The classic pizza, the Margherita, is available at both Varasano’s and Fritti. At Varasano’s, it is made with the usual cow's milk mozzarella (fiordilatte) but you can order it made with fresh bufala for $5 extra. At Fritti, it is only made with bufala (and costs about the same as Varasano’s with bufala).
There are several reasons Varasano’s Margherita may emerge so soggy. For one thing, there is far more tomato sauce than there is on Fritti’s pie. Second, there is far more cheese. The mozzarella is extra-thick and may give up more water than Fritti’s bufala, which the kitchen dries before topping the pizza with it. Generally, the heavier the ingredients, the more likely you are to get soggy pies.
And then there’s the recent, constant rainy weather that can change the structure of the dough. But there are other problems that can occur with the dough. If left to rise too long, its protein can break down, causing it effectively to collapse.
Then there is the oven. Varasano is using an electric oven from Sweden, whereas Fritti and Baronda (another top-rated pizzeria) use wood-burning ovens. The rumor is that Varasano went electric because the Mezzo building would not let him install a wood-burning oven. To Liberato, this dooms the pizza from the start because of temperature variation inside the oven.
Perhaps. One often-repeated anecdote about Varasano is his discovery that he could create the necessary heat in his home electric oven by cooking with the self-cleaning cycle. (Actually, this is a not-so-new trick, detailed seven years ago by Jeffrey Steingarten in a piece for the Guardian.) Maybe Varasano will be as tricky with this oven.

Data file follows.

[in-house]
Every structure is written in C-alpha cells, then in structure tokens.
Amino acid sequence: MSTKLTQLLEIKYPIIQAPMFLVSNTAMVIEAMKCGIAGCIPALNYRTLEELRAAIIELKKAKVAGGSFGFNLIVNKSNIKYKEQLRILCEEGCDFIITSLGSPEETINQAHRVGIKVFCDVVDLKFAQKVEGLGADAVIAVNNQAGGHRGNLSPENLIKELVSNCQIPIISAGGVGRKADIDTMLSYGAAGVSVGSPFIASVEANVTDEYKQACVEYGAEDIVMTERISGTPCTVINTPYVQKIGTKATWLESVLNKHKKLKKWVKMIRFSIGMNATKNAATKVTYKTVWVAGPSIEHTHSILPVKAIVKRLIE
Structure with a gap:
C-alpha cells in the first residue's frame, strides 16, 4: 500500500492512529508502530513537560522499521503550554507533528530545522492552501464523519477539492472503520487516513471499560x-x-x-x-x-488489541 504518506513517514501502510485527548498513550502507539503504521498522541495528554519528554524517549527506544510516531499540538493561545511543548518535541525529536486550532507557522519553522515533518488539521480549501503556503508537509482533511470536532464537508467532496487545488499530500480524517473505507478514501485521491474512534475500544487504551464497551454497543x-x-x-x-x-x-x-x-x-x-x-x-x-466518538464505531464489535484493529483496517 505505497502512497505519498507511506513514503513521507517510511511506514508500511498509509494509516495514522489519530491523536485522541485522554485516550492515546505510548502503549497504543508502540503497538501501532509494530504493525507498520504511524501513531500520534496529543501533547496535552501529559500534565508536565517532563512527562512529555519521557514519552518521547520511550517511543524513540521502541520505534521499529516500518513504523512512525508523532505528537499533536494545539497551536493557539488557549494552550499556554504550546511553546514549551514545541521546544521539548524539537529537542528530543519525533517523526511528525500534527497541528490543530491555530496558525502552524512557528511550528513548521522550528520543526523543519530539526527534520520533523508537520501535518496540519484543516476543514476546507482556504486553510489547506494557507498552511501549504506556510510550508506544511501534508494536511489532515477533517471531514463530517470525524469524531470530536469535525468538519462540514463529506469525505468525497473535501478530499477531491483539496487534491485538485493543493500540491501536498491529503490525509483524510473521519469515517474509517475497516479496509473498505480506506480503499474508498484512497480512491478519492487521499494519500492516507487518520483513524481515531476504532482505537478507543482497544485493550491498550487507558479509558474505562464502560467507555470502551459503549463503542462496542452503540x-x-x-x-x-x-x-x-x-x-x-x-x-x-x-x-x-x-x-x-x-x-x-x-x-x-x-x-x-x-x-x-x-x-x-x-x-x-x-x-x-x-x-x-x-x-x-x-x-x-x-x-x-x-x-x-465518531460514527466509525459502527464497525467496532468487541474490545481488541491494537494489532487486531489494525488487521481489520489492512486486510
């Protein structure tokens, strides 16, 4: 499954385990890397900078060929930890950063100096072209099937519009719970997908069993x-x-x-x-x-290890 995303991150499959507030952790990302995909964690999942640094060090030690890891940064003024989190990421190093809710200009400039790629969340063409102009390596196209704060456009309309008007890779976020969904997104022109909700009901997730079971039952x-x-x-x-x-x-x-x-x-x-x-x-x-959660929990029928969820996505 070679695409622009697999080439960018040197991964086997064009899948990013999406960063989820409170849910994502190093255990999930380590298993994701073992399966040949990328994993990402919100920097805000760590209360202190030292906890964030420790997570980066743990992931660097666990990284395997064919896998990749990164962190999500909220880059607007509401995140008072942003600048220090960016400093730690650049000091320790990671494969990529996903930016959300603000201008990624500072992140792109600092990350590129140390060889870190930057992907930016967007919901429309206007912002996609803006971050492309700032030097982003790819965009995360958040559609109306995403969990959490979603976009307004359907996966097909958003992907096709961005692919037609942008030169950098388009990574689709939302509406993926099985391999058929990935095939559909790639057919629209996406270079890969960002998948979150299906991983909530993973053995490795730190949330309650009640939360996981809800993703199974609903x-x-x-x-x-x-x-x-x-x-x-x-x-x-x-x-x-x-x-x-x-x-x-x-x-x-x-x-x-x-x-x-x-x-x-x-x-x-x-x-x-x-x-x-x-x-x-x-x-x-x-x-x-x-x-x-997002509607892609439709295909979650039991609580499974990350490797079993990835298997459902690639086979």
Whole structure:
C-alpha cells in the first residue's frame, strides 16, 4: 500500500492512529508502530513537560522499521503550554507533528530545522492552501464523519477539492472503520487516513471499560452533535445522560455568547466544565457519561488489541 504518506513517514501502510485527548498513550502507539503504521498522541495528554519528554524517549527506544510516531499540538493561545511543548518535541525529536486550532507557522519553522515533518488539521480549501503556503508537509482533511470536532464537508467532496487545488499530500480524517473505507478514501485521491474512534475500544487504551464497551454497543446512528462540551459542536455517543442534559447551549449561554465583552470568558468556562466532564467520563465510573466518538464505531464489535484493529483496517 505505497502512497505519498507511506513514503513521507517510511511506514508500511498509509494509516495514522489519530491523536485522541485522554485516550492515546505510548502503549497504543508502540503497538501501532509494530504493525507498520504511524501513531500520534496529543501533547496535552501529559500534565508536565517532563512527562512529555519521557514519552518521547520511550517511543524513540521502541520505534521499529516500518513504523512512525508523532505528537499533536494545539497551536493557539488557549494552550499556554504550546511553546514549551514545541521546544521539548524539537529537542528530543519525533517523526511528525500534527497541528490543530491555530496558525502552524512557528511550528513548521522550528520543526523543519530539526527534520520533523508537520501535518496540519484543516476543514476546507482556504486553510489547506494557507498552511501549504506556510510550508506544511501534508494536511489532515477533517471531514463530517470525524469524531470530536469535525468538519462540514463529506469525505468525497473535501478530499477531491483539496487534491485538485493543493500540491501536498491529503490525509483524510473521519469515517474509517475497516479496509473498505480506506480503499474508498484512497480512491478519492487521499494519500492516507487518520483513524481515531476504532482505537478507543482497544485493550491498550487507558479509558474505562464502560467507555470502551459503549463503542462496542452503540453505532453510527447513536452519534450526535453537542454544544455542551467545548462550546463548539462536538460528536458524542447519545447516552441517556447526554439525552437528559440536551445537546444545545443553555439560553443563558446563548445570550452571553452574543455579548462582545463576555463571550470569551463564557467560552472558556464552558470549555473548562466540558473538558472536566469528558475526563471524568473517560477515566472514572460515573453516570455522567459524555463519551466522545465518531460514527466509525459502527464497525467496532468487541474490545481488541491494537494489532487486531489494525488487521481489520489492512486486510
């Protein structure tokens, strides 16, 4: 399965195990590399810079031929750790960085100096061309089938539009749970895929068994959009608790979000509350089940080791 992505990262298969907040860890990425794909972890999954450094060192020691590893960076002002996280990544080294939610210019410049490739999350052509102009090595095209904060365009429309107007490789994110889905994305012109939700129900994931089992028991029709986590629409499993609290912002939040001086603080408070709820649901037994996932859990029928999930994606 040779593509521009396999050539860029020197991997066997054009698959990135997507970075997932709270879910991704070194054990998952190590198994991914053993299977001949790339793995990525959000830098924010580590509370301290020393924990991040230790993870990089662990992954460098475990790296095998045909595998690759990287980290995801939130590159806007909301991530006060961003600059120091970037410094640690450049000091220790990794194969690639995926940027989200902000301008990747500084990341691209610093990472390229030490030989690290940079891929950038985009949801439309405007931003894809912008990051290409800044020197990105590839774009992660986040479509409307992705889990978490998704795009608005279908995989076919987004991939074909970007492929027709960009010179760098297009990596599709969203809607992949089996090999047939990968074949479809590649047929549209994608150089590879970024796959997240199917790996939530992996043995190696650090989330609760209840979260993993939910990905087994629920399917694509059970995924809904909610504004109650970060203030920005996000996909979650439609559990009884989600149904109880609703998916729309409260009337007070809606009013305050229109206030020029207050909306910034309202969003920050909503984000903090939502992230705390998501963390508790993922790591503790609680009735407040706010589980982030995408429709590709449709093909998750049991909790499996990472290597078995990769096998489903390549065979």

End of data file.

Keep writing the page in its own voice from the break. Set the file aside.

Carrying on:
Other pizzas I’ve tried at Varasano’s include the New Haven Clam, featuring crunchy garlic in a quantity that far exceeds my personal tolerance but is enjoyed by many; the Salumi with cured meats, mozzarella, tomato sauce and spiced olives; and the Bianco Verde with ricotta and mozzarella topped with arugula and a bit of lemon.
My favorite pie is the one we ordered for dessert one night — the Dolce, made with Medjool dates and Fontina, topped with honey, walnuts and rosemary. True, it was exceptionally gooey, but that added to the pleasure in this case.
I’ve also tried the Caprese salad, made with unripe, tasteless tomatoes the night of my visit, but I’ve received several e-mails claiming that has changed. The salad is served with a decent mozzarella (not bufala mozzarella, as I earlier reported). The romaine salad is quite good and I enjoyed the fried Italian dougnuts that concluded my first meal.
I think Varasano’s at this point still needs improvement. The pies are delicious just as they are, and better than most in town, but the problem with the crust had not been resolved at this writing.
There is another way to look at this, though. If the pies turn golden brown, have that dappled char everyone raves about, and they taste good, does it really matter that they’re softer than the usual? Not as long as they avoid outright gooiness, which they did during my first visit.